A Vietnamese woman who pleaded guilty to a lesser charge in the killing of the half-brother of North Korean leader Kim Jong Un will be released in May, a Malaysian court ruled Monday.
Malaysian authorities had accused Doan Thi Huong of murdering Kim Jong Nam in early 2017 in Kuala Lumpur's airport by smearing VX nerve agent on his face.
But prosecutors agreed to reduce the charge from murder to "causing hurt by dangerous weapons" instead.
After Huong accepted the charge, the court sentenced her to three years and four months in prison including time already served.
Last month, prosecutors refused to grant Huong's request to drop the murder charge against her, despite dropping the same charge against her Indonesian co-defendant, Siti Aisyah.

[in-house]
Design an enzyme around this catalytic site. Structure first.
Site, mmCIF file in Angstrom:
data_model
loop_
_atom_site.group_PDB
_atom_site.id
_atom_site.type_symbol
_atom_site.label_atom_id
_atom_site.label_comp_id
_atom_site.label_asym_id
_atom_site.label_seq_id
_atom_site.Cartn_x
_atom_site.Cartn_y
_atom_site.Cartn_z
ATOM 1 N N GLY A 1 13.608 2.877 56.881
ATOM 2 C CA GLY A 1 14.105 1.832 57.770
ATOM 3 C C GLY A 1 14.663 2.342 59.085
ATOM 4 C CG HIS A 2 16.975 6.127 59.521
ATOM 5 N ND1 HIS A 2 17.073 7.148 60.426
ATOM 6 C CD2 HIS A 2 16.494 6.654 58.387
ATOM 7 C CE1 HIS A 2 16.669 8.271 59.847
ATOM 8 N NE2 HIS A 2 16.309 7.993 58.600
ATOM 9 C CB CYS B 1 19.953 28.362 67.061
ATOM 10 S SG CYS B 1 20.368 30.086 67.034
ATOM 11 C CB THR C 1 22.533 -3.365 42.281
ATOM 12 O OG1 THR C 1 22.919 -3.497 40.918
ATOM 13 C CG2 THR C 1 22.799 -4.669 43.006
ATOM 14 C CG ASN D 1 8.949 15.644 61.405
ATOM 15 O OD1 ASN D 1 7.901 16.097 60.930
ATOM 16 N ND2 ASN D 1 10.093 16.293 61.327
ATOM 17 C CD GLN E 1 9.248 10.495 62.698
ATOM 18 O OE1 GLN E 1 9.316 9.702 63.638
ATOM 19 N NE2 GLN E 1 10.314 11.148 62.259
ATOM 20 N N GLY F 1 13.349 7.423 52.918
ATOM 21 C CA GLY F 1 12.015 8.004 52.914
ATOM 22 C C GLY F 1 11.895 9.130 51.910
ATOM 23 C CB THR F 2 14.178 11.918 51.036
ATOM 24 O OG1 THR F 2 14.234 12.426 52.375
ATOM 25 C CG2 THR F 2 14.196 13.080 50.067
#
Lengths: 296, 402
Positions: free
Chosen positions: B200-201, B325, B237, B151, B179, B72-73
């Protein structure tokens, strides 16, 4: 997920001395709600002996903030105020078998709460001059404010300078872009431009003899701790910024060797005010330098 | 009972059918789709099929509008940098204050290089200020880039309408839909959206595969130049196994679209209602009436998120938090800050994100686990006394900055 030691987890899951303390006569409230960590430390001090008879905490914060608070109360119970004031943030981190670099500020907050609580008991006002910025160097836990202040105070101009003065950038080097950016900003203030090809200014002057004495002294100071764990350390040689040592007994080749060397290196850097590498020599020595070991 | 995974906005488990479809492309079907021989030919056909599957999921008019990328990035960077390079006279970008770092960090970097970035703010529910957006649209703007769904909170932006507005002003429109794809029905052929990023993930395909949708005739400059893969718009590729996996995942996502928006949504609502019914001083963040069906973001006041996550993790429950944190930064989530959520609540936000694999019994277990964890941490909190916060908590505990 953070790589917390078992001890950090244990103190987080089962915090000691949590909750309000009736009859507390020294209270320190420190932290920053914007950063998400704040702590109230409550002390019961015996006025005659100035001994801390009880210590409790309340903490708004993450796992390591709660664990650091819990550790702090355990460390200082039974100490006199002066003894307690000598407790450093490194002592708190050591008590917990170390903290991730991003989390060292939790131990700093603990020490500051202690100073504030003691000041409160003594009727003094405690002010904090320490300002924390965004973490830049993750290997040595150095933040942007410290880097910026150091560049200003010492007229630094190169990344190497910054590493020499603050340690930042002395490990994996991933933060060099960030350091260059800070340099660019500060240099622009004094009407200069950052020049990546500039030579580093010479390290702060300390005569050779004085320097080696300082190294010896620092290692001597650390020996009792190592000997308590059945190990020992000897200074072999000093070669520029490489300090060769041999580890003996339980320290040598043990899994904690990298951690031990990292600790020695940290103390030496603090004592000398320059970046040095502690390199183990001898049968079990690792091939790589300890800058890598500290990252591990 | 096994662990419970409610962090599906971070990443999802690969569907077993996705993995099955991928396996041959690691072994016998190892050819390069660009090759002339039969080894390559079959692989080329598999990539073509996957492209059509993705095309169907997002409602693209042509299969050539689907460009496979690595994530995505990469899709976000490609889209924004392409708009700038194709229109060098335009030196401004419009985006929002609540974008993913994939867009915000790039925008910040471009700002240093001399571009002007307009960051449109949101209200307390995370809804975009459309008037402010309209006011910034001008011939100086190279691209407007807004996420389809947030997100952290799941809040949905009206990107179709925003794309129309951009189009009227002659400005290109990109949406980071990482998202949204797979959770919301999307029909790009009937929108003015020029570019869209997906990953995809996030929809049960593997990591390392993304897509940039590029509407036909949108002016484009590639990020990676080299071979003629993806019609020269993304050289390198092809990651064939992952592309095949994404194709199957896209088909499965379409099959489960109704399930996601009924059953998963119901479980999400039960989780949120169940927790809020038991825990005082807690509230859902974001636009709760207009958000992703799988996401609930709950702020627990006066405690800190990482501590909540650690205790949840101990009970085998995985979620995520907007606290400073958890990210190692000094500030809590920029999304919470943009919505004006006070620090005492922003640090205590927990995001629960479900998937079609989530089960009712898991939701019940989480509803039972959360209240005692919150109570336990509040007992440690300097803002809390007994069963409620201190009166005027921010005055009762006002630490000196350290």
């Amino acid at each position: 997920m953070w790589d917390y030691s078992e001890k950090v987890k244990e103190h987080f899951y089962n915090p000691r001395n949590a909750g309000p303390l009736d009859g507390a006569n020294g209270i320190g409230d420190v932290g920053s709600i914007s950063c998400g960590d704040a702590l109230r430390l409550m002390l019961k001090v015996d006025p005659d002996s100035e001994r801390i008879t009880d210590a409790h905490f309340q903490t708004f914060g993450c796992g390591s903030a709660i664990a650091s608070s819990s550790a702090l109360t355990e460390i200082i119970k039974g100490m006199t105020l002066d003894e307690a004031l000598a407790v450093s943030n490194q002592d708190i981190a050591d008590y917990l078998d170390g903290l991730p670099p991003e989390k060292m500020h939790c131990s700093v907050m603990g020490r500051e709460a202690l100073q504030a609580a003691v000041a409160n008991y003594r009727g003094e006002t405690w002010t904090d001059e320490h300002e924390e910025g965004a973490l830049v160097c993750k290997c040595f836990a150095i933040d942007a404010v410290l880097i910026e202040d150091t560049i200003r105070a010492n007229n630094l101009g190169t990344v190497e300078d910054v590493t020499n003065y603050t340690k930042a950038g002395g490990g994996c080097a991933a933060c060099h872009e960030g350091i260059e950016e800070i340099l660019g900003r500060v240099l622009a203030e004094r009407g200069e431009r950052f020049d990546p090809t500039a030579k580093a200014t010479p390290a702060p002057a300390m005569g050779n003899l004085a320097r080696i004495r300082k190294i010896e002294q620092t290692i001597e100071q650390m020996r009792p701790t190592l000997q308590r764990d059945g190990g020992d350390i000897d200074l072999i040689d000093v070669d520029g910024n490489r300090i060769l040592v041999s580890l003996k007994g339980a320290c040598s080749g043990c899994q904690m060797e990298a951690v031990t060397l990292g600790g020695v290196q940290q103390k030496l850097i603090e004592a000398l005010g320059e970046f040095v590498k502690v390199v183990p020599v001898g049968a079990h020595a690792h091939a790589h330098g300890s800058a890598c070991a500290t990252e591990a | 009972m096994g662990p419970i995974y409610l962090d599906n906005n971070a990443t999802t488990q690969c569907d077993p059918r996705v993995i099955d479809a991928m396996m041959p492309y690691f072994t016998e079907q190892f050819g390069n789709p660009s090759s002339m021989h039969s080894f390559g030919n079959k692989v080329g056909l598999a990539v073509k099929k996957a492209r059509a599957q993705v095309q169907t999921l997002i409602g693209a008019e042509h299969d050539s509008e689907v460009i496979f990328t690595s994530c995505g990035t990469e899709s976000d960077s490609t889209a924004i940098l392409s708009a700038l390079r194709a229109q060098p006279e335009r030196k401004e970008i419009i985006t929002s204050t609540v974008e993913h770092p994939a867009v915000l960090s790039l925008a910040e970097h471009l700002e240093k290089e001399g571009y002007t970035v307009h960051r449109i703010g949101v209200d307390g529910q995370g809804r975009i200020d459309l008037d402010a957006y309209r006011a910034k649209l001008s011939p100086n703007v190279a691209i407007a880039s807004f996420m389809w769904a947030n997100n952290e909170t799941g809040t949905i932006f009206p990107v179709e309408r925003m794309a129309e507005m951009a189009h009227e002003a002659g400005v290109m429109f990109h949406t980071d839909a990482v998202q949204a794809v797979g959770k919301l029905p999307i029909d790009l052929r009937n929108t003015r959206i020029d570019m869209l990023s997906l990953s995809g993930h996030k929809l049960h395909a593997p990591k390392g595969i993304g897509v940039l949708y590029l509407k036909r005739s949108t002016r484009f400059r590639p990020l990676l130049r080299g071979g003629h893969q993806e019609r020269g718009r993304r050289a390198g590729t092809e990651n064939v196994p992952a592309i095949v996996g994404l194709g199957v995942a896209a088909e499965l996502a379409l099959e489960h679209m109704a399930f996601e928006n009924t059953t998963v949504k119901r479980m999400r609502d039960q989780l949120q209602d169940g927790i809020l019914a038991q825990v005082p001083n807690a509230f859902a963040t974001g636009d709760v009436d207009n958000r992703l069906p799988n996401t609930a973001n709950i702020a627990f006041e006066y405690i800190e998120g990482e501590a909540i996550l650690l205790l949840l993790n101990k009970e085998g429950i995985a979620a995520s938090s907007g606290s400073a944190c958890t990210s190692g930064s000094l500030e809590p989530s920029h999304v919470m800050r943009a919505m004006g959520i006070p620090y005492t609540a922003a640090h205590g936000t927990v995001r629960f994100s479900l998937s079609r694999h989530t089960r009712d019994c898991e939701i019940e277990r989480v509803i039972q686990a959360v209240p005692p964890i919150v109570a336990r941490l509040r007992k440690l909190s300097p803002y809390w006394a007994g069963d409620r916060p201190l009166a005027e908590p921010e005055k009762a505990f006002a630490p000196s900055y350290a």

That decision prompted the Vietnamese government to pressure Malaysia into releasing Huong.
Both women had denied any intention to murder Kim Jong Nam. They said they were tricked by North Korean intelligence agents and thought they were carrying out a prank for a reality TV show.
Four North Koreans were also accused of involvement in the killing, but they fled Malaysia shortly after the incident.
Kim Jong Nam had been considered the heir apparent to North Korean leader Kim Jong Un before the two relatives became estranged.